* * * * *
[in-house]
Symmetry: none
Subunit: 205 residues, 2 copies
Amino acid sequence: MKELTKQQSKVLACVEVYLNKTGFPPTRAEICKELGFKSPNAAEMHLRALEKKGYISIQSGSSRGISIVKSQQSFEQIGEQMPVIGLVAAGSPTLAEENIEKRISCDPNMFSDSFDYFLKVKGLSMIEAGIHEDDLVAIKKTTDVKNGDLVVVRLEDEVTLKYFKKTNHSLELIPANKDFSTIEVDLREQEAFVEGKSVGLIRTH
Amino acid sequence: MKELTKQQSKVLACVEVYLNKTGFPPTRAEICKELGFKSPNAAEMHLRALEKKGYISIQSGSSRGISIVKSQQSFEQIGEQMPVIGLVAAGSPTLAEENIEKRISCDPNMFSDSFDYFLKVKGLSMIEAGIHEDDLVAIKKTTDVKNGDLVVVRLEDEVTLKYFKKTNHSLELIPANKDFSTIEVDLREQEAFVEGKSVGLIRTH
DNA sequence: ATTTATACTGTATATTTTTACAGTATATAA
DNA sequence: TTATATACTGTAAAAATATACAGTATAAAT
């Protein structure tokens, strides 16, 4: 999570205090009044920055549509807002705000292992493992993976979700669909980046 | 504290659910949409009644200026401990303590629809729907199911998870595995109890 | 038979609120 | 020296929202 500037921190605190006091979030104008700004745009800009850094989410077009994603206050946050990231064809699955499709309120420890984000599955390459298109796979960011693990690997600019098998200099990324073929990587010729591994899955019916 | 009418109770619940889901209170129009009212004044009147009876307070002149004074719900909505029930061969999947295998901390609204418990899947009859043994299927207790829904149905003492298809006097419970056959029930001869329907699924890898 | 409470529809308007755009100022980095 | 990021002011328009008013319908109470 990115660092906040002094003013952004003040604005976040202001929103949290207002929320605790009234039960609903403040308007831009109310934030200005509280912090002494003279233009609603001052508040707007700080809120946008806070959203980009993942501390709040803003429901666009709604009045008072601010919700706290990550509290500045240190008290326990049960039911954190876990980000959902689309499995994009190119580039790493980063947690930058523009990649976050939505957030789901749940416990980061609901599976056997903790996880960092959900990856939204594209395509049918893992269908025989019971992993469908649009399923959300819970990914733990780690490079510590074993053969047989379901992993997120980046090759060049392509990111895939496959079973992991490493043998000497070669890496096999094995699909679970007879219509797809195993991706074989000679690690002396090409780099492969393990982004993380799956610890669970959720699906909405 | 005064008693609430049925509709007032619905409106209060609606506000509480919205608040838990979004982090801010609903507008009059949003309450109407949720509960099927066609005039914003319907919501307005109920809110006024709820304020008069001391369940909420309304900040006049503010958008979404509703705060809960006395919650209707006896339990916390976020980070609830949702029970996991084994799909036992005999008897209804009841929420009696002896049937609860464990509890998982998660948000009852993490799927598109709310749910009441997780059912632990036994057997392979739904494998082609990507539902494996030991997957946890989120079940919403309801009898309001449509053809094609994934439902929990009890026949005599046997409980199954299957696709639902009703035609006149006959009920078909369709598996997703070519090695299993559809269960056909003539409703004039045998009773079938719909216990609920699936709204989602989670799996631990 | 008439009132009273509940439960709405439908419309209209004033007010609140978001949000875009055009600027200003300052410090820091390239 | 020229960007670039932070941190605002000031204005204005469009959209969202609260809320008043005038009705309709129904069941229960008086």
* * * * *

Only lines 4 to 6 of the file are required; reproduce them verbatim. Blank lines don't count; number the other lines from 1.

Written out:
Amino acid sequence: MKELTKQQSKVLACVEVYLNKTGFPPTRAEICKELGFKSPNAAEMHLRALEKKGYISIQSGSSRGISIVKSQQSFEQIGEQMPVIGLVAAGSPTLAEENIEKRISCDPNMFSDSFDYFLKVKGLSMIEAGIHEDDLVAIKKTTDVKNGDLVVVRLEDEVTLKYFKKTNHSLELIPANKDFSTIEVDLREQEAFVEGKSVGLIRTH
Amino acid sequence: MKELTKQQSKVLACVEVYLNKTGFPPTRAEICKELGFKSPNAAEMHLRALEKKGYISIQSGSSRGISIVKSQQSFEQIGEQMPVIGLVAAGSPTLAEENIEKRISCDPNMFSDSFDYFLKVKGLSMIEAGIHEDDLVAIKKTTDVKNGDLVVVRLEDEVTLKYFKKTNHSLELIPANKDFSTIEVDLREQEAFVEGKSVGLIRTH
DNA sequence: ATTTATACTGTATATTTTTACAGTATATAA